Granderson’s postgame routine is always the same. He sits in a cold tub for exactly eight minutes, no more and no less. Then he showers, slowly.
“I feel like I shower fast,” he said, “but for some reason I’ll get in there and guys will be in and out before I’ve finished up.”
Then he lays out a towel on the floor in front of his locker and gets dressed. After Game 3, he wore crisply ironed jeans, an unwrinkled long sleeve t-shirt and spotless high tops.
“Curtis is never in a hurry,” said Kevin Long, the Mets’ first-year hitting coach who also worked with the 34-year-old Granderson for four seasons when he held the same position with the Yankees. “He’s always doing things methodically, taking his time. He doesn’t rush to do anything. And he’s certainly not rushing to get his at-bats over with, I can tell you that.”
Granderson’s metronomical consistency often leads to his being overshadowed, despite leading the Mets in WAR in 2015 at 5.1. He was the player who was always there for the Mets this season, as their lineup suffered through injury and then was reimagined at the trade deadline, but his contributions didn’t receive the attention that, say, the club’s young aces did all year, and that Yoenis Cespedes’s did during the regular season and that Daniel Murphy’s did during the first two rounds of the playoffs. As they drew the focus, Granderson just kept working pitch counts from the leadoff spot, playing solid defense in rightfield, getting big hits.
Game 3 presented a new hero for the Mets, the one fans in Queens had been waiting all October—and much longer than that—to cheer: David Wright. In his 12 years with the Mets, Wright hit his first World Series home run in the bottom of the first, a two-run shot off Royals starter Yordano Ventura to give the Mets a 2–1 lead. Then he hit a two-run single in the bottom of the sixth to make the score 8–3, which proved to be an insurmountable tally, even for these relentless Royals.
“This is what you dream about as a kid,” said the Mets’ captain, who played in just 38 regular-season games due to a spinal condition. “You’re thinking about playing in a World Series game, and on top of that being able to contribute with a few RBIs and a home run. Running around the bases, it’s just like floating. You can’t describe the excitement of hitting the home run, crossing home plate and seeing people going absolutely nuts. It’s one of those memories, at least for me, that will stick with me the rest of my life.”
Wright will capture most headlines and lead most highlights, but Granderson’s contributions on Friday night were just as significant, as they so often are. It was Granderson who, leading off the game against Ventura, reached first on a hard-hit infield single, where he stood until Wright’s homer drove him in. It was Granderson who hit a two-run home run of his own, on a line drive down the rightfield line in the bottom of the third, that put the Mets ahead 4–3 and gave them a lead they would never relinquish.
And it was Granderson who, with the Mets up 5–3 in the top of the fifth, sprinted to the warning track to turn a potential triple by Ben Zobrist into Mets starter Noah Syndergaard’s 10th out in a row.
“I looked at Cespedes, and he wasn’t going to get there,” Granderson explained, “so I just kept going.”
Said manager Terry Collins: “That was a great catch in right centerfield.... But he’s just had a phenomenal year for us. He picks us up when we need to be picked up.”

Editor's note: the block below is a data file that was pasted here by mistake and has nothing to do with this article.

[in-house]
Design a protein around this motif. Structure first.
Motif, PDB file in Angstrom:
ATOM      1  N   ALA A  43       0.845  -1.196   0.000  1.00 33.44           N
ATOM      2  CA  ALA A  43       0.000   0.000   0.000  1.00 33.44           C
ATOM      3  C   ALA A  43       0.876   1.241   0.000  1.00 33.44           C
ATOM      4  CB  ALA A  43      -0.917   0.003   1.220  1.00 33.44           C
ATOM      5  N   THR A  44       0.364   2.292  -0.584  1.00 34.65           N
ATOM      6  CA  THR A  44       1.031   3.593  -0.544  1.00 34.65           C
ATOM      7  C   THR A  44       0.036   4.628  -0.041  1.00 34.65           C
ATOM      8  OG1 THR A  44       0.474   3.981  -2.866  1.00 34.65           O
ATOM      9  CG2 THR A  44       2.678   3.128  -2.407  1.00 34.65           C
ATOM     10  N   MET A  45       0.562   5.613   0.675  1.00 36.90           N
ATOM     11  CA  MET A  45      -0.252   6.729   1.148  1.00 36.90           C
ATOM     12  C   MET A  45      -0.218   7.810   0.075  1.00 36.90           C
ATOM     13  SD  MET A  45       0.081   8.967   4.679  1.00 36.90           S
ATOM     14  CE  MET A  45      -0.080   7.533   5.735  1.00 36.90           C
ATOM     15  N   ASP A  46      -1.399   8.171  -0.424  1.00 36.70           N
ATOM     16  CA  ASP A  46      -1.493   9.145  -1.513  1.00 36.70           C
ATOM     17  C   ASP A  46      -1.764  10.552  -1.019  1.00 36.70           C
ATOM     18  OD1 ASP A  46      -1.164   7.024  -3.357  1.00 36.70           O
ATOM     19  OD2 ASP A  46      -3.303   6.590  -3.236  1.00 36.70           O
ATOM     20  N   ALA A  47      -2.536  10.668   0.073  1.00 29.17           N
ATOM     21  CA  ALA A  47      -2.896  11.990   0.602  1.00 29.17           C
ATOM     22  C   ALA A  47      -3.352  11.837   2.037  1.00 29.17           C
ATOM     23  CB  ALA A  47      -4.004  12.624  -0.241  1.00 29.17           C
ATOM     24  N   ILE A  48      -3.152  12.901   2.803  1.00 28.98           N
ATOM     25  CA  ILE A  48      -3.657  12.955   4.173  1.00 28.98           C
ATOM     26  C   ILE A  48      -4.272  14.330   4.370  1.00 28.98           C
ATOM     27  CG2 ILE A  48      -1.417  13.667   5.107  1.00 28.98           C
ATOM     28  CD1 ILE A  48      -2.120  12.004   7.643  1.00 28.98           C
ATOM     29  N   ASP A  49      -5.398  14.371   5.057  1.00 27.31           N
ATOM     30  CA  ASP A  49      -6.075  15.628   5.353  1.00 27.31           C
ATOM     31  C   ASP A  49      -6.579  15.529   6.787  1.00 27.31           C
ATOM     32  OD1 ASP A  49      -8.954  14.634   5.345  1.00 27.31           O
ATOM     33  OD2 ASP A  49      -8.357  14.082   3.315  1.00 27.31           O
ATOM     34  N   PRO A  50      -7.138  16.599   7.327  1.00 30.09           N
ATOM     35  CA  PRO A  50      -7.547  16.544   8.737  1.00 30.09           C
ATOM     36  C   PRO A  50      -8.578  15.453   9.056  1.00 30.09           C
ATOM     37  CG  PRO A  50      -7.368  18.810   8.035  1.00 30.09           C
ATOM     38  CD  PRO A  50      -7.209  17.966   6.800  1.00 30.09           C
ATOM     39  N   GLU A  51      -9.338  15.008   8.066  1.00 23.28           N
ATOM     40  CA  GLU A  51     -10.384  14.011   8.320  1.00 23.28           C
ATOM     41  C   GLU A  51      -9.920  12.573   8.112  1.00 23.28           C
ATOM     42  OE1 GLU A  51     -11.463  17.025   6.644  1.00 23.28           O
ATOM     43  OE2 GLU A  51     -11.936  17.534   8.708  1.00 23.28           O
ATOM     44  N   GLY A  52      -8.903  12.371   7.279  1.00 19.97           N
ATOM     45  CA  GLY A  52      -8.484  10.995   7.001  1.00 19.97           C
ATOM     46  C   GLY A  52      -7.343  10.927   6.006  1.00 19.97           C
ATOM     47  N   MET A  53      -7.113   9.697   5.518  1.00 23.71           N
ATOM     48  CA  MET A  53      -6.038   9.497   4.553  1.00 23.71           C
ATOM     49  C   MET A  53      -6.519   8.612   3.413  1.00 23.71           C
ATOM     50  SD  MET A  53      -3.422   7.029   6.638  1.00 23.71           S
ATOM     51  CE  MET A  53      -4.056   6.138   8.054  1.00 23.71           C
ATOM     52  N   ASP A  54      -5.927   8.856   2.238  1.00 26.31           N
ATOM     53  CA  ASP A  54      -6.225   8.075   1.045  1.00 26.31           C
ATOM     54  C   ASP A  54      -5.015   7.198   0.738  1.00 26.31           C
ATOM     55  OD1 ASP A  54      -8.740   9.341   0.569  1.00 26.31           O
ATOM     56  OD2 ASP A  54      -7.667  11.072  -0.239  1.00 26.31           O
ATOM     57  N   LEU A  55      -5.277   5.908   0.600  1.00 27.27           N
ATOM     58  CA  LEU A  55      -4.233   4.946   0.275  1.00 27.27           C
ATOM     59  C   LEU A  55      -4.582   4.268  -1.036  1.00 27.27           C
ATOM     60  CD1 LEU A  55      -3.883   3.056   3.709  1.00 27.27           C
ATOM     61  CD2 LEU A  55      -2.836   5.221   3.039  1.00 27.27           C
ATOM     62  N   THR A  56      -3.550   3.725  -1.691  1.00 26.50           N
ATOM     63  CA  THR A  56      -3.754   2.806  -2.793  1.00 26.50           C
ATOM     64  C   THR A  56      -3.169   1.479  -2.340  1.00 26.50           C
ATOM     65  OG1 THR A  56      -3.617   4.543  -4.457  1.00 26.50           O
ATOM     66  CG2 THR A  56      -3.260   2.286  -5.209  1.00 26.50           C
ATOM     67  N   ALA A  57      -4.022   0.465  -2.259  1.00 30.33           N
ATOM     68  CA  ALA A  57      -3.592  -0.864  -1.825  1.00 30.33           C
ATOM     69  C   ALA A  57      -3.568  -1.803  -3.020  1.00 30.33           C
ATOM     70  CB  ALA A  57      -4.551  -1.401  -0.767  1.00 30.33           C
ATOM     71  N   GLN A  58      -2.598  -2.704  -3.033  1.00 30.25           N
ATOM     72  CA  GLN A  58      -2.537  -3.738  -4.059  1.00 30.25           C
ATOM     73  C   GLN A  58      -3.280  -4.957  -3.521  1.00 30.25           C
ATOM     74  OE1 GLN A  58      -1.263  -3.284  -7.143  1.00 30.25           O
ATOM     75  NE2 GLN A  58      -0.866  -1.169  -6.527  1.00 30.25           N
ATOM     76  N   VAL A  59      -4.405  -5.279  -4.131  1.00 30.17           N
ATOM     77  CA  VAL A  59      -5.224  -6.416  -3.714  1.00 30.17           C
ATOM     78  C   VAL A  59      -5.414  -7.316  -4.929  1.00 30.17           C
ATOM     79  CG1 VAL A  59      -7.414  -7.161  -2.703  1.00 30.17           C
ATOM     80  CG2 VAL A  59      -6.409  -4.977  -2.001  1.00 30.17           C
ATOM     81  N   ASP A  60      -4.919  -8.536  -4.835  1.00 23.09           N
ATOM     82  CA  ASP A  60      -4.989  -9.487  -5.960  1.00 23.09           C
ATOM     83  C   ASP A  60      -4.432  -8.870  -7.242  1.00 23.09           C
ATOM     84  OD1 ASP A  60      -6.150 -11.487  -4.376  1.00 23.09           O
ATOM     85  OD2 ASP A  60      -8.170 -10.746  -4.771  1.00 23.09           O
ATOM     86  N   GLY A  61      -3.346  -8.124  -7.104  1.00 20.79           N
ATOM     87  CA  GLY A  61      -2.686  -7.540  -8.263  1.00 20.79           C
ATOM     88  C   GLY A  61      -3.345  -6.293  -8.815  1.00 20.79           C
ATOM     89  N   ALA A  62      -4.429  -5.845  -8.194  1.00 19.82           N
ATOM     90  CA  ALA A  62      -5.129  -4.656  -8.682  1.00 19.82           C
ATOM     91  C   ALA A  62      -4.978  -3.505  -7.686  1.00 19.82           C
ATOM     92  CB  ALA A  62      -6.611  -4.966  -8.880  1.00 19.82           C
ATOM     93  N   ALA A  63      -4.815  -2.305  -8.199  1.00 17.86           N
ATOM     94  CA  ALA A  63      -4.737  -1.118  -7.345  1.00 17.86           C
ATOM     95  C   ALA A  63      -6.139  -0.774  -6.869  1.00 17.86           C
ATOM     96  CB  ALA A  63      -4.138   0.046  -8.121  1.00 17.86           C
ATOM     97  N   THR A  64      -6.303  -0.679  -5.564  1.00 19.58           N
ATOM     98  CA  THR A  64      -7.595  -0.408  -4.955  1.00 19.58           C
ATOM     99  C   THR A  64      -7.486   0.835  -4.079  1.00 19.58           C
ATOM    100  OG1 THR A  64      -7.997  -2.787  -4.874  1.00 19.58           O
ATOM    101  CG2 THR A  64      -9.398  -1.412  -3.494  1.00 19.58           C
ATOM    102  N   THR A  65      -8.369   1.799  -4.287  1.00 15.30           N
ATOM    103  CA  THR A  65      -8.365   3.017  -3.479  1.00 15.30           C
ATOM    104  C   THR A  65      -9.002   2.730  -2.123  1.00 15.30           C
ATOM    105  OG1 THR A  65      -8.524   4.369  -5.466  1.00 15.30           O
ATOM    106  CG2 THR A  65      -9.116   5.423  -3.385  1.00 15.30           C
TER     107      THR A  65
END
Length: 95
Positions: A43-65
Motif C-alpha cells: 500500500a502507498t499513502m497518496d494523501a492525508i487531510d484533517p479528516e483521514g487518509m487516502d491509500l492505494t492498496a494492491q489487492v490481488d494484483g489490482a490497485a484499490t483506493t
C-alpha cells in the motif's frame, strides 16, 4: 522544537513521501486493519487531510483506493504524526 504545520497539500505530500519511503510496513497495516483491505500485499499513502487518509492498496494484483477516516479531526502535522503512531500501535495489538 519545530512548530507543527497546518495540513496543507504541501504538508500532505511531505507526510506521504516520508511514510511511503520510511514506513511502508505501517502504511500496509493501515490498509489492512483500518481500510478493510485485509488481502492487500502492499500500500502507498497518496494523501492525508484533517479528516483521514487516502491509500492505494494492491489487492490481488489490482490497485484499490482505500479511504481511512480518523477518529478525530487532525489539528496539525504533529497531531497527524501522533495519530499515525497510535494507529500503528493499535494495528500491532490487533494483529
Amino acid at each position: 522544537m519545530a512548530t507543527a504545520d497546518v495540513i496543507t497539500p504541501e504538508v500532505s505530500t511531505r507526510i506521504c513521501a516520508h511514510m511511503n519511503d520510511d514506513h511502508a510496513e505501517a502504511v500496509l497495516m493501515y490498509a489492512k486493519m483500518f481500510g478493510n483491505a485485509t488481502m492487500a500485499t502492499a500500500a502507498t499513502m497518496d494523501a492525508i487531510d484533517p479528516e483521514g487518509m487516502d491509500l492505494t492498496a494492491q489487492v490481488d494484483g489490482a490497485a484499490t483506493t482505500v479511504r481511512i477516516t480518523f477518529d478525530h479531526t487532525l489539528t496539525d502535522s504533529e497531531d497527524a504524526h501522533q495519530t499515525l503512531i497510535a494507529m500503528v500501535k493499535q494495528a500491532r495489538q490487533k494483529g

Granderson’s impact on the Mets runs deep, beyond the type of numbers that show that he and Wright combined to go 4 for 10 with two homers, four runs scored and six RBIs in Game 3. He is as fastidious in the batter’s box as he is off the field, hunting through an opposing pitcher’s offerings until he finds the one he likes—and thereby tiring the pitcher and allowing his teammates to get a good look at everything he has to offer.
Heading into Game 3, he had drawn an average of 4.6 pitches per postseason plate appearance, slightly trailing only Lucas Duda and Alex Gordon and trailing them only because Long had suggested that he uncharacteristically swing at Clayton Kershaw’s first pitch in Game 1 of the NLDS.
“That one, that’s on me,” said Long. “That was our gameplan, to be ultra aggressive on Kershaw.”
In Game 3 of the World Series, his first-inning single came against the fourth pitch he saw from Ventura in that at-bat, as did his homer. In all, he drew 22 pitches from the Royals on Friday night by himself. Just as he scored the first run of the game for the Mets, he also scored the last one.
“He’s kinda taken on this superhuman role of this leadoff hitter that just does it every single at-bat,” said Long. “I couldn’t think of a better guy to start our offense off.”
Granderson is the type of player whose accomplishments are accumulative. Suddenly you realize that he’s hit safely in nine of the Mets’ 12 playoff games. And that despite Murphy’s legendary hot streak in the first two rounds, and despite the fact that he hits leadoff, his 10 RBIs mean that he trails the second baseman for the team’s postseason lead by just one. And that he’s second to Murphy in batting average, too, at .283. And that he’s struck out only five times in 12 games, a third of the total of Cespedes and Wright.
Suddenly you realize that Curtis Granderson might be the Mets’ single most important player, on a nightly basis. Asked about the gravity of Saturday night’s Game 4, in which the Mets will seek to level the series at two games apiece, Granderson said, “Tomorrow is going to be the same situation as tonight was for us.”
One thing on which the Mets can count is that their leadoff hitter’s approach to each game, and to life in general, won’t change.